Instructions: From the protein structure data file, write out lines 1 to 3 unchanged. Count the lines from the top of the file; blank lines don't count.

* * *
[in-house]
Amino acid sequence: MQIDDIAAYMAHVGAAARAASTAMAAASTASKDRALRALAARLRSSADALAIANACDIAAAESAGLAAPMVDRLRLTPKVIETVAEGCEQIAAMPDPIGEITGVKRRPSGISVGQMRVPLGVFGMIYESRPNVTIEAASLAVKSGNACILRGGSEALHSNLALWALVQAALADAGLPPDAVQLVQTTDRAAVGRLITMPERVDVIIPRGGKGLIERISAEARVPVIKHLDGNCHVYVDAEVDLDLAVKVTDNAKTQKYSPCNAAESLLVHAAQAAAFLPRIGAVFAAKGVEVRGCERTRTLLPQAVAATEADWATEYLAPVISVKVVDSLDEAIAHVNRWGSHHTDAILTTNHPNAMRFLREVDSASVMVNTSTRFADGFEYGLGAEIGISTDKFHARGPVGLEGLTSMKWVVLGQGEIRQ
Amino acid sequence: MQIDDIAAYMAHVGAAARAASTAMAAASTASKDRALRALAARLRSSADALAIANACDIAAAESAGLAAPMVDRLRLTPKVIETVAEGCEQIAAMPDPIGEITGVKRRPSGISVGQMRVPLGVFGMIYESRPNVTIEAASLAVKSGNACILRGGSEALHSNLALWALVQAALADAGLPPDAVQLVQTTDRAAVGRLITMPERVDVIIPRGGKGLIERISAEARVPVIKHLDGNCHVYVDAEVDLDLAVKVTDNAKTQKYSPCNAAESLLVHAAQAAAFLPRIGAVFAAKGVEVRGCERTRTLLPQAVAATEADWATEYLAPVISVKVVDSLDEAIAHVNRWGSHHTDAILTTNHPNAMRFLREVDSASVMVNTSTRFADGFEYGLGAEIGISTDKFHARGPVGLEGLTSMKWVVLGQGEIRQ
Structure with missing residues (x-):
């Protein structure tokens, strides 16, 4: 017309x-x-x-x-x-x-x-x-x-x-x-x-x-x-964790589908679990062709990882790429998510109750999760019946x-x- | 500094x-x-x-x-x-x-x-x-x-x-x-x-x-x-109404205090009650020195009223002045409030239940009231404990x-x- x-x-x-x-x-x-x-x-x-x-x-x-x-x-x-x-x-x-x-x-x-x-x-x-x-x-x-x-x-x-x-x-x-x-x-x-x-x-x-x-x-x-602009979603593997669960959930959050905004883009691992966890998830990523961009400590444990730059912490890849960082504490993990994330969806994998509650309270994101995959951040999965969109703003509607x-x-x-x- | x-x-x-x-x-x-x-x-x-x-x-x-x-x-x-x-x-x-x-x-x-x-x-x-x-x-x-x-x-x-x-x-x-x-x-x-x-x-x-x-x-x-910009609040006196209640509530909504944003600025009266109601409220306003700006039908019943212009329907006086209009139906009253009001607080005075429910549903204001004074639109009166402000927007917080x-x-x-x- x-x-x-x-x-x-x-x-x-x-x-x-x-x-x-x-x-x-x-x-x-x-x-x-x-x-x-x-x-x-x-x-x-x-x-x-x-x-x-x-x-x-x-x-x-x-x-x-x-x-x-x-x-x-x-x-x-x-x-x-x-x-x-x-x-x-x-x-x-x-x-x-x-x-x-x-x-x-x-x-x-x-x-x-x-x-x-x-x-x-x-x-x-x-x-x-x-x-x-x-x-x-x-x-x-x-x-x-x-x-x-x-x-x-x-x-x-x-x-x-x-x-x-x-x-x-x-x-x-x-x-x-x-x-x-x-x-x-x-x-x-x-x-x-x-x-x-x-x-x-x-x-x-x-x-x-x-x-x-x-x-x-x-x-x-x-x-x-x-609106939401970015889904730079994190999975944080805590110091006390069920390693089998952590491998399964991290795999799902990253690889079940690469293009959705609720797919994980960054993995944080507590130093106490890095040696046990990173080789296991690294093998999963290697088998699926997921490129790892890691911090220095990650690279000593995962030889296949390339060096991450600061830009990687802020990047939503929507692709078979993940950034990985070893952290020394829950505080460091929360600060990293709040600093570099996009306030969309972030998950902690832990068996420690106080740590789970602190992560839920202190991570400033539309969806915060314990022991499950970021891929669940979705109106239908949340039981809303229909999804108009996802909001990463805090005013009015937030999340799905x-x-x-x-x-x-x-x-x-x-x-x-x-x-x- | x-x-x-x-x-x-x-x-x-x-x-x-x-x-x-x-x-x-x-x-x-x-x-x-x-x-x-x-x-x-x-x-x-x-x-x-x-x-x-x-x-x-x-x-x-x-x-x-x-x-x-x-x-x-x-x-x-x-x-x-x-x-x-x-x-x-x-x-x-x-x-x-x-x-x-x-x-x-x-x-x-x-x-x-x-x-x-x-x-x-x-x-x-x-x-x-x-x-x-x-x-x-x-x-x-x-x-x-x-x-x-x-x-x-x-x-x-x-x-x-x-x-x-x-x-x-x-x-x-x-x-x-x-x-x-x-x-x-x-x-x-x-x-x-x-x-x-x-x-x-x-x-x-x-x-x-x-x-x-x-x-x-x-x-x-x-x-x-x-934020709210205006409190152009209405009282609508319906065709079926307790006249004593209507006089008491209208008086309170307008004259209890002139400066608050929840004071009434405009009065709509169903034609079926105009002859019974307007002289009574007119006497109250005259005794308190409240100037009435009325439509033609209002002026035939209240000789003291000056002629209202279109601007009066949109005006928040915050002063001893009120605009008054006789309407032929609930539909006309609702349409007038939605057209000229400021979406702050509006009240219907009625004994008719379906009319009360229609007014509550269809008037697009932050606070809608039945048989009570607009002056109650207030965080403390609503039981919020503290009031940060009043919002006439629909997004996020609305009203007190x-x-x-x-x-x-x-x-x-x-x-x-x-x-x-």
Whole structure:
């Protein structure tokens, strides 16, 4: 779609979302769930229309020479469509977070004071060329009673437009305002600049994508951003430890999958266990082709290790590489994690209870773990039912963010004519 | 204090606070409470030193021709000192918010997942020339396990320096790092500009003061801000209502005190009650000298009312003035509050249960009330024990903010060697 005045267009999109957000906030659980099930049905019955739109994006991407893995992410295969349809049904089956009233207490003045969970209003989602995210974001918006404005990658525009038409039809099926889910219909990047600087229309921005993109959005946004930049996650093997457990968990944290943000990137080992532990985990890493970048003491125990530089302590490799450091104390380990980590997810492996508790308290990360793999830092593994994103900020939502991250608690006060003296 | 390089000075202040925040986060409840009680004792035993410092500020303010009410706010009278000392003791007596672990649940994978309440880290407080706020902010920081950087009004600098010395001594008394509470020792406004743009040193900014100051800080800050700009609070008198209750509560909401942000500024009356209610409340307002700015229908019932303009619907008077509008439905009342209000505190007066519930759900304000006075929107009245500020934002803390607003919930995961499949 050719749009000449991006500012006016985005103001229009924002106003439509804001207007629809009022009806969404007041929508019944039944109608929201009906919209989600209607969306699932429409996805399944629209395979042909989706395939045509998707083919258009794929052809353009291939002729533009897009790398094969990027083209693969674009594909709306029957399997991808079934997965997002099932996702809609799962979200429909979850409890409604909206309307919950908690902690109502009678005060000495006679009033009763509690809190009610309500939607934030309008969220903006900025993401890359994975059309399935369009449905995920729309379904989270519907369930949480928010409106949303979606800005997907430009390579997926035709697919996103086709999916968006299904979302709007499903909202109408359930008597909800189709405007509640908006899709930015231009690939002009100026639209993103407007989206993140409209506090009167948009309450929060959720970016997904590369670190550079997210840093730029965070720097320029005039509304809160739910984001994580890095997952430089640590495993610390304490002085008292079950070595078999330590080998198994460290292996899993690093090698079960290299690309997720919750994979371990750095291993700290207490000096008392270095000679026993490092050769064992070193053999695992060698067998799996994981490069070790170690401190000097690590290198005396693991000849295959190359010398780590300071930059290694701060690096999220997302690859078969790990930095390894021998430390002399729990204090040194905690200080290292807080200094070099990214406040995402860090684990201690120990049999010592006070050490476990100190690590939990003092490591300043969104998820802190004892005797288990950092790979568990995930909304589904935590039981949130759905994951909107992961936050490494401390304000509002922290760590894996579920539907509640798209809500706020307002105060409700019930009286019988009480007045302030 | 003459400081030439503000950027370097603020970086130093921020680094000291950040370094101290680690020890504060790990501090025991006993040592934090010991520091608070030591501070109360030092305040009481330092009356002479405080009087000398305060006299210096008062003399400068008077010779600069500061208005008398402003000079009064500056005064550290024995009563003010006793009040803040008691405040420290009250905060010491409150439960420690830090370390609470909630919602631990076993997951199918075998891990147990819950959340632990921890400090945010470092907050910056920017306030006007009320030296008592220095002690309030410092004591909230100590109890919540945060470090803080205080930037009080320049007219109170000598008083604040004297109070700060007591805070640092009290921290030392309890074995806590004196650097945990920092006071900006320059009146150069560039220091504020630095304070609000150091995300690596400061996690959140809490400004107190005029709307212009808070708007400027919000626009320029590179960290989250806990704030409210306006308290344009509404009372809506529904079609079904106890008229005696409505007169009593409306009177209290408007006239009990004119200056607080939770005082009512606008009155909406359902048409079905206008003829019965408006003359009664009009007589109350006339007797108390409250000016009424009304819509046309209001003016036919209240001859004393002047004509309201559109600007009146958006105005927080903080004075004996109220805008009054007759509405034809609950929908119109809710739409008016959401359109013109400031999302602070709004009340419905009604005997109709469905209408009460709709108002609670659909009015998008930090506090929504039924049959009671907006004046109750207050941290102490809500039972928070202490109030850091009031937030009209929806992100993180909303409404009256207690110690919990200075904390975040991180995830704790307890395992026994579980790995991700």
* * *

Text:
[in-house]
Amino acid sequence: MQIDDIAAYMAHVGAAARAASTAMAAASTASKDRALRALAARLRSSADALAIANACDIAAAESAGLAAPMVDRLRLTPKVIETVAEGCEQIAAMPDPIGEITGVKRRPSGISVGQMRVPLGVFGMIYESRPNVTIEAASLAVKSGNACILRGGSEALHSNLALWALVQAALADAGLPPDAVQLVQTTDRAAVGRLITMPERVDVIIPRGGKGLIERISAEARVPVIKHLDGNCHVYVDAEVDLDLAVKVTDNAKTQKYSPCNAAESLLVHAAQAAAFLPRIGAVFAAKGVEVRGCERTRTLLPQAVAATEADWATEYLAPVISVKVVDSLDEAIAHVNRWGSHHTDAILTTNHPNAMRFLREVDSASVMVNTSTRFADGFEYGLGAEIGISTDKFHARGPVGLEGLTSMKWVVLGQGEIRQ
Amino acid sequence: MQIDDIAAYMAHVGAAARAASTAMAAASTASKDRALRALAARLRSSADALAIANACDIAAAESAGLAAPMVDRLRLTPKVIETVAEGCEQIAAMPDPIGEITGVKRRPSGISVGQMRVPLGVFGMIYESRPNVTIEAASLAVKSGNACILRGGSEALHSNLALWALVQAALADAGLPPDAVQLVQTTDRAAVGRLITMPERVDVIIPRGGKGLIERISAEARVPVIKHLDGNCHVYVDAEVDLDLAVKVTDNAKTQKYSPCNAAESLLVHAAQAAAFLPRIGAVFAAKGVEVRGCERTRTLLPQAVAATEADWATEYLAPVISVKVVDSLDEAIAHVNRWGSHHTDAILTTNHPNAMRFLREVDSASVMVNTSTRFADGFEYGLGAEIGISTDKFHARGPVGLEGLTSMKWVVLGQGEIRQ